Easing COVID-19 Restrictions Will Provide Relief for Caregivers

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by Ray Burow |

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It’s finally happening. We’re digging our way out of a very long and dark tunnel as the U.S. begins to drop COVID-19 restrictions, mainly mask mandates. Also, deaths from the disease have declined here, and fewer people are falling ill from it. As of this writing, more than 61% of U.S. adults have received at least one COVID-19 vaccine dose, and nearly 50% are fully vaccinated.

Expressing gratitude

Aside from a collective sigh of relief, can we also take a minute to express gratefulness? Life may be slowly on its way back to normal. The pandemic has been particularly challenging for those trying to keep a loved one safe. Imagine repeatedly explaining the importance of wearing a mask to someone who doesn’t have the capacity to remember it. There’s a fine line between encouraging and badgering someone to do what’s best for them.

Wearing a mask may have prevented COVID-19 from being passed from one person to another. Still, for persons with hearing disorders or cognitive issues, who often depend on facial cues, the mandate inhibited communication skills and understanding.

A weary caregiver recently inquired if there was a way to keep a mask on a person with Alzheimer’s disease. The person within her care constantly removed it. The answer was no. Like the rest of us, they would have to badger their loved one as gently as possible. For more than a year, caregivers have cajoled their loved ones into stopping doing this or that.

“Wear the mask.”

“Don’t touch your face.”

“Don’t touch anything or anybody.”

“Don’t hug your grandkids.”

No wonder we’re breathing more easily, and not simply because the masks are coming off. We’re finally in the position to change our message and tone. The grandkids can embrace their fully vaccinated grandparents, who can now scratch their nose without being reprimanded.

These may appear like small things. Compared to the devastation COVID-19 has left in its wake, they are infinitesimal. However, if you’re a caregiver that’s harangued a spouse, mother, or father with Alzheimer’s disease about wearing a mask, you get it. You’re likely grateful for the U.S. Centers for Disease Control and Prevention’s latest recommendation for masks.

Telemedicine is great until it isn’t

As dementia progresses, it becomes more challenging to get out and about. Taking a loved one with Alzheimer’s to their doctors’ appointments is daunting, even on a good day. Thankfully, most healthcare providers quickly pivoted to meet the needs of their patients with telemedicine during the pandemic.

Televisits were the perfect solution for patients and their weary caregivers — until they weren’t. Telemedicine is a beautiful tool, and it’s mind-boggling that it took a pandemic for many healthcare providers to realize its usefulness.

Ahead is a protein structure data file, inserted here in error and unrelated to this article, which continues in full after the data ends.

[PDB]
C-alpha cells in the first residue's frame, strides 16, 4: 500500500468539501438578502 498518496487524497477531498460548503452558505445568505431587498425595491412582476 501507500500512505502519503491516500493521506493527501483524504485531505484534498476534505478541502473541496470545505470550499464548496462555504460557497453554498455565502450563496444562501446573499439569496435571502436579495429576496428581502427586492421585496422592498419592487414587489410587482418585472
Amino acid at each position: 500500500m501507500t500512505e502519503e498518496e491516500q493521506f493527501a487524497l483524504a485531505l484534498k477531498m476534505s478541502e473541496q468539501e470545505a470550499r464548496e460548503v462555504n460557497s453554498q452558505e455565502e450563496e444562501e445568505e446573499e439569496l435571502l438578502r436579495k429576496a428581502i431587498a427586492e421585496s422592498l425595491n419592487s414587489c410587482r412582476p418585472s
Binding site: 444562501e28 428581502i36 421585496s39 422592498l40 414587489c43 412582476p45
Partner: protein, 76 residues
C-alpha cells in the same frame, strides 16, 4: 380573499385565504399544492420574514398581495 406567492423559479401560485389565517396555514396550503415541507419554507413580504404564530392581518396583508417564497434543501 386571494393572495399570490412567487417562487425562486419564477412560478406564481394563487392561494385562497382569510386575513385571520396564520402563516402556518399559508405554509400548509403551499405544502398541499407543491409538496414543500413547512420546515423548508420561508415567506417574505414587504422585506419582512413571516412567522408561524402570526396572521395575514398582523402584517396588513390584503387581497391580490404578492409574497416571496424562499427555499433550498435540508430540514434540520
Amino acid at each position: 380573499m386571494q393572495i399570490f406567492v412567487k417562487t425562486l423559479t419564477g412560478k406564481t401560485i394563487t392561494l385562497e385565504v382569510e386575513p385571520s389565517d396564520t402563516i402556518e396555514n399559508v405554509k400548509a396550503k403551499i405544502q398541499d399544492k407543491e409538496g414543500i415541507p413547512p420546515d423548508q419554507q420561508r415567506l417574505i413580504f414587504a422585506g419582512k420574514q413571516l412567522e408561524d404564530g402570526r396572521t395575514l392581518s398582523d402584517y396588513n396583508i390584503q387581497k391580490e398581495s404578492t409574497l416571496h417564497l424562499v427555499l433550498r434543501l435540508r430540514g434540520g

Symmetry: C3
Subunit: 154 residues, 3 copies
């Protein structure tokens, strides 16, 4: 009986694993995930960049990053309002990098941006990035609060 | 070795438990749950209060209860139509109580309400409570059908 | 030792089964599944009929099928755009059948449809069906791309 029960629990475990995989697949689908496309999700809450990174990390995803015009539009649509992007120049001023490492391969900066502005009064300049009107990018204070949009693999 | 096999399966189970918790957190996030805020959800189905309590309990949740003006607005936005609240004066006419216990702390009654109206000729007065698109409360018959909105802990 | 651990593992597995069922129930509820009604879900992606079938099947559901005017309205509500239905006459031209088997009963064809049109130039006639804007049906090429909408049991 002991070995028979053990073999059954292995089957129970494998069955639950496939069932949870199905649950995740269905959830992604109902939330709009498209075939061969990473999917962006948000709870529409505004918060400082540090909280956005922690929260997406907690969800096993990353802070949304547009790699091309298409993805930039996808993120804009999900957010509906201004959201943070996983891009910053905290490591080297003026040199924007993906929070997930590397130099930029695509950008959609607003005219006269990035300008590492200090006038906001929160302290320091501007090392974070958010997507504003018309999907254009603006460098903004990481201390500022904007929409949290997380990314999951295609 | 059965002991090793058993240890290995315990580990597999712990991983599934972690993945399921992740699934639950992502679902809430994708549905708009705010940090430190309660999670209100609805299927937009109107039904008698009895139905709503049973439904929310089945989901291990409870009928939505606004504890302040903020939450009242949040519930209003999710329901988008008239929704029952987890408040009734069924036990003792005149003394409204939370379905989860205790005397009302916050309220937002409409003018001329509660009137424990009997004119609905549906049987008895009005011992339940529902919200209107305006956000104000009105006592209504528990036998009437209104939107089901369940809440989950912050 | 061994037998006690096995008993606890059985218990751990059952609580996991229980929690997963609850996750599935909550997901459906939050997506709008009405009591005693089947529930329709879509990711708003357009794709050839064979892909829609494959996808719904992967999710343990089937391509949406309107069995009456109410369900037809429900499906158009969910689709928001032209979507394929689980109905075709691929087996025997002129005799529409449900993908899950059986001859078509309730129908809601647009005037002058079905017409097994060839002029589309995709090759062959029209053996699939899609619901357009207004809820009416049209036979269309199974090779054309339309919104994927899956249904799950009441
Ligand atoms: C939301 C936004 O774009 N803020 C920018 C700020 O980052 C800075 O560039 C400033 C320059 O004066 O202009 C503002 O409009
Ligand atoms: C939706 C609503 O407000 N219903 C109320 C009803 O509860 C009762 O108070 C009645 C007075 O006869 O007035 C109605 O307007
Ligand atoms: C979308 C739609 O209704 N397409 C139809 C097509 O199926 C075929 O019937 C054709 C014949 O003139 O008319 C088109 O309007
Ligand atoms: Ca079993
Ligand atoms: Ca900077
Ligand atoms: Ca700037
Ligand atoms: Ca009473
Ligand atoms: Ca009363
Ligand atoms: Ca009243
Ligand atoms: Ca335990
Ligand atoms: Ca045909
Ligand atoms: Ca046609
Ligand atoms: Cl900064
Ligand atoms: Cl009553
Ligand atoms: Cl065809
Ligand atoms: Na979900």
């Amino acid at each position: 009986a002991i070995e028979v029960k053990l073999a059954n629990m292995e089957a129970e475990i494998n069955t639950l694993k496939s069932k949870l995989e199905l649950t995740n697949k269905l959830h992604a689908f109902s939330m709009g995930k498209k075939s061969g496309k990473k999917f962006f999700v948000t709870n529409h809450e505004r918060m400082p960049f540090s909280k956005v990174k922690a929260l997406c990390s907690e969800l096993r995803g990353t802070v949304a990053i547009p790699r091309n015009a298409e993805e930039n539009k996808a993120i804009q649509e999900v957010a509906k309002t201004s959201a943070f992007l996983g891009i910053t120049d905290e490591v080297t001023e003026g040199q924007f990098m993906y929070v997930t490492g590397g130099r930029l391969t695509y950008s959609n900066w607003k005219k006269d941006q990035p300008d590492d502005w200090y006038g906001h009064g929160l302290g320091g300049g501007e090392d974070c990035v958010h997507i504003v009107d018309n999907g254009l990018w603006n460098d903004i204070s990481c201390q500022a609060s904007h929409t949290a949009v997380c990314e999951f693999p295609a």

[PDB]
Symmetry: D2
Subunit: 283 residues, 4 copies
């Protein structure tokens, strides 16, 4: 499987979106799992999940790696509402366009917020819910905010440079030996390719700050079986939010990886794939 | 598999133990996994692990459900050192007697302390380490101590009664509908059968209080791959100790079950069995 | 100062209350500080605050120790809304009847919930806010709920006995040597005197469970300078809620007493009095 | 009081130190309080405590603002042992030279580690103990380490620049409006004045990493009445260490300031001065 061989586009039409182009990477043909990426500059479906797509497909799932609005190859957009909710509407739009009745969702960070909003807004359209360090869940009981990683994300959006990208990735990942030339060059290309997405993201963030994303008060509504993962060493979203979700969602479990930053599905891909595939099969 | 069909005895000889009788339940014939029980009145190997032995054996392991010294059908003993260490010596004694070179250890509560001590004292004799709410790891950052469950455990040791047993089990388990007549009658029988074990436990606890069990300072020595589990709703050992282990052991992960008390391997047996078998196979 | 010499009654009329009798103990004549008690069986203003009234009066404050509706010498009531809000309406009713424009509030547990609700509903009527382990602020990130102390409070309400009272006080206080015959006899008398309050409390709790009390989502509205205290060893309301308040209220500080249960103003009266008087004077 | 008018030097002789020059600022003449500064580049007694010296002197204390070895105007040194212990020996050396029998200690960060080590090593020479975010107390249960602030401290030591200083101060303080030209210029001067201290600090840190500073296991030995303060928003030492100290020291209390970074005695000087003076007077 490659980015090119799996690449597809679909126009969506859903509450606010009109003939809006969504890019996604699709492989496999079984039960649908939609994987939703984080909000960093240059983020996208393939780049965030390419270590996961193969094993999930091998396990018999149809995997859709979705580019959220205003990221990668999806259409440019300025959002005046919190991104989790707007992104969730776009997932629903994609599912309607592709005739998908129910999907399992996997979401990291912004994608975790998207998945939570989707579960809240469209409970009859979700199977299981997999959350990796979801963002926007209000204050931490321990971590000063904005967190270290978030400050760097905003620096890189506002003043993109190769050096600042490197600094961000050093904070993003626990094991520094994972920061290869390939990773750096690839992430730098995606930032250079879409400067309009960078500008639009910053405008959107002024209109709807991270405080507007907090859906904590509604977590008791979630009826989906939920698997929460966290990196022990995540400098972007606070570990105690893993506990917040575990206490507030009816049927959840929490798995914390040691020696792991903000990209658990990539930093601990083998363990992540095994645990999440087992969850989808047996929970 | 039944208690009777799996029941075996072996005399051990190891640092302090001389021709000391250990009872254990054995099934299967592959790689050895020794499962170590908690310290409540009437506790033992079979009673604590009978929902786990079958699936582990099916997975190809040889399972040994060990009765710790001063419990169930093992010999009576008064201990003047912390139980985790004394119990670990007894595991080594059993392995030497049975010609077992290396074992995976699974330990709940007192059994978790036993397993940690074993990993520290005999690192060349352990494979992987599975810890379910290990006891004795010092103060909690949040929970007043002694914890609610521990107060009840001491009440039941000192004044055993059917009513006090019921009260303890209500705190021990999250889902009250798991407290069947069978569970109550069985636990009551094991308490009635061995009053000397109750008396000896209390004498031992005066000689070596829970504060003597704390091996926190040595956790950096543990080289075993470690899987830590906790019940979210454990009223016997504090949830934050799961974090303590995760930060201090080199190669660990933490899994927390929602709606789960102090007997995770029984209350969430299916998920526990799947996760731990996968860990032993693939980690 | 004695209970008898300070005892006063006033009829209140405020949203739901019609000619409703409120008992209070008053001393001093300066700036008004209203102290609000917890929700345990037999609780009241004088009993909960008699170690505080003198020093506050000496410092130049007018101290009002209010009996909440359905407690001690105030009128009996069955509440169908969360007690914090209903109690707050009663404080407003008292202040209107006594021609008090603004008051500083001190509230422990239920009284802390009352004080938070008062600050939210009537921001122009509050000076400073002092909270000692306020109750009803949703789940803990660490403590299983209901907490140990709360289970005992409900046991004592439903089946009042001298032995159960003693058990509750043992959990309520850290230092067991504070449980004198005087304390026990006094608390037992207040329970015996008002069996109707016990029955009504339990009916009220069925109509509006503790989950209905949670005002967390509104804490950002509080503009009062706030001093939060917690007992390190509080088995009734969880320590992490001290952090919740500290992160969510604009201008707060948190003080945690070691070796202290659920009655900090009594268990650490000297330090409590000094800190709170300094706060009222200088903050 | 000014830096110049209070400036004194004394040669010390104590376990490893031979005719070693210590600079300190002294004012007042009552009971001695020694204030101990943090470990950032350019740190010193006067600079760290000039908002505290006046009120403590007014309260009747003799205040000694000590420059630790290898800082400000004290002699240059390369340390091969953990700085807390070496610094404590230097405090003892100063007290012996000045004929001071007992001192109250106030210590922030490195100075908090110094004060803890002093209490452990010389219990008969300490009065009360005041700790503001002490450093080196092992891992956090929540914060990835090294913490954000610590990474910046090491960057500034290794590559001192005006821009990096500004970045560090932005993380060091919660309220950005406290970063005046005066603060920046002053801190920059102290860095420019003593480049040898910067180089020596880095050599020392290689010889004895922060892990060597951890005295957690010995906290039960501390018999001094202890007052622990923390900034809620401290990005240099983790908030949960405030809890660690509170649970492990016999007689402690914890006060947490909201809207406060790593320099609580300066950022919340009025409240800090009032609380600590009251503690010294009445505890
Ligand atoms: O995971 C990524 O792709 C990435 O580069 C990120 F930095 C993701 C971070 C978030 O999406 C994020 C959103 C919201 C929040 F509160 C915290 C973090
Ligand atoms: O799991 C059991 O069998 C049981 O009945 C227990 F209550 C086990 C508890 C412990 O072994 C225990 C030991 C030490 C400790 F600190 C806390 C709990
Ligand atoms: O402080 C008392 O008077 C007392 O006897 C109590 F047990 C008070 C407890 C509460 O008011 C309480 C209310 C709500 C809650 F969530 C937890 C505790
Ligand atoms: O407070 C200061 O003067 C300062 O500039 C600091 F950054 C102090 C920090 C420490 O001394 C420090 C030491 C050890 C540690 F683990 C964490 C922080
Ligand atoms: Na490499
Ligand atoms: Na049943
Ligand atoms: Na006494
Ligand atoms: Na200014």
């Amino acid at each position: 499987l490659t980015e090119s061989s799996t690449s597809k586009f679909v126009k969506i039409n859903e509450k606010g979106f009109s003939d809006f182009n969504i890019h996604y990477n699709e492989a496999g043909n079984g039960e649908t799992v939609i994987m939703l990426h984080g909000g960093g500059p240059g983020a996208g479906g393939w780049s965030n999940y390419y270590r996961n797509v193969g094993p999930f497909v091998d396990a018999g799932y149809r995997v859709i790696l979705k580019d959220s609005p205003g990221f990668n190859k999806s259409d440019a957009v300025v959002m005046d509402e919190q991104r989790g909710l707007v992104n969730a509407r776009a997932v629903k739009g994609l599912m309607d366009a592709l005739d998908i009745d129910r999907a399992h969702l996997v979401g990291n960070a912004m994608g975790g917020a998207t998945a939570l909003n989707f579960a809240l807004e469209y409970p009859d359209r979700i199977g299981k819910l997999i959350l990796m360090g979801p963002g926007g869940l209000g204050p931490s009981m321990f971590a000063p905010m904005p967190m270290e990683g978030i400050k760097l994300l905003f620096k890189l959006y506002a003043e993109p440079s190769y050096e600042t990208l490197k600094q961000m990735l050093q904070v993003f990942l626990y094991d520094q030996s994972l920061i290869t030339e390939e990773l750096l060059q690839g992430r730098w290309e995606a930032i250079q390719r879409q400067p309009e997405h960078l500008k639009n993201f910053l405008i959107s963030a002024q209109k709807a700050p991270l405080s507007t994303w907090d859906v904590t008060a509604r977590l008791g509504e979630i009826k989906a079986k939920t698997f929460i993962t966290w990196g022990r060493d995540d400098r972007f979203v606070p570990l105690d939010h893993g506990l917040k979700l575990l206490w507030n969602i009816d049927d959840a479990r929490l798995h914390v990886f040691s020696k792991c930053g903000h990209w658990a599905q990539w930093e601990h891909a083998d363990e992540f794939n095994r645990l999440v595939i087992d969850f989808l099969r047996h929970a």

However, a televisit can only go so far. There’s something to be said for a hands-on appointment. The doctor can’t take a person’s vital signs during a televisit. It is difficult to assess the patient’s demeanor and physical appearance, such as their coloring, which can provide clues. A person appears on screen differently than they would in person.

During a televisit, the healthcare provider primarily relies on how the patient says they feel. The doctor can’t palpate a painful area to discover abnormalities. Telemedicine is a great alternative when it’s the only alternative, but there comes a time when it’s necessary to see the patient in person, face-to-face.

Now that the country is moving forward and hopefully distancing itself from COVID-19, patients can go back to in-person doctors’ appointments. However, it would be nice to continue making the choice available. In the late stages of Alzheimer’s disease, patients are often unable to make the physical trip to the doctor’s office.

Less isolation

The pandemic added to the isolation that was already a close and unwelcome companion for caregivers and people with dementia. As mentioned earlier, it’s not easy to go anywhere, but sans COVID-19, we can still take an occasional walk in a park, eat out, or have family members come over to visit. These options came to a screeching halt during the pandemic, but now, we can get back out there with caution.

Let’s take a minute to assess where we were as a nation this time last year in terms of the pandemic and choose to have a grateful heart. At the same time, we must remember and pray for countries that are less fortunate than ours. India, for instance, is in the throes of the pandemic, with many lives lost and still threatened.

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Note: Alzheimer’s News Today is strictly a news and information website about the disease. It does not provide medical advice, diagnosis, or treatment. This content is not intended to be a substitute for professional medical advice, diagnosis, or treatment. Always seek the advice of your physician or other qualified health provider with any questions you may have regarding a medical condition. Never disregard professional medical advice or delay in seeking it because of something you have read on this website. The opinions expressed in this column are not those of Alzheimer’s News Today or its parent company, BioNews, and are intended to spark discussion about issues pertaining to Alzheimer’s disease.

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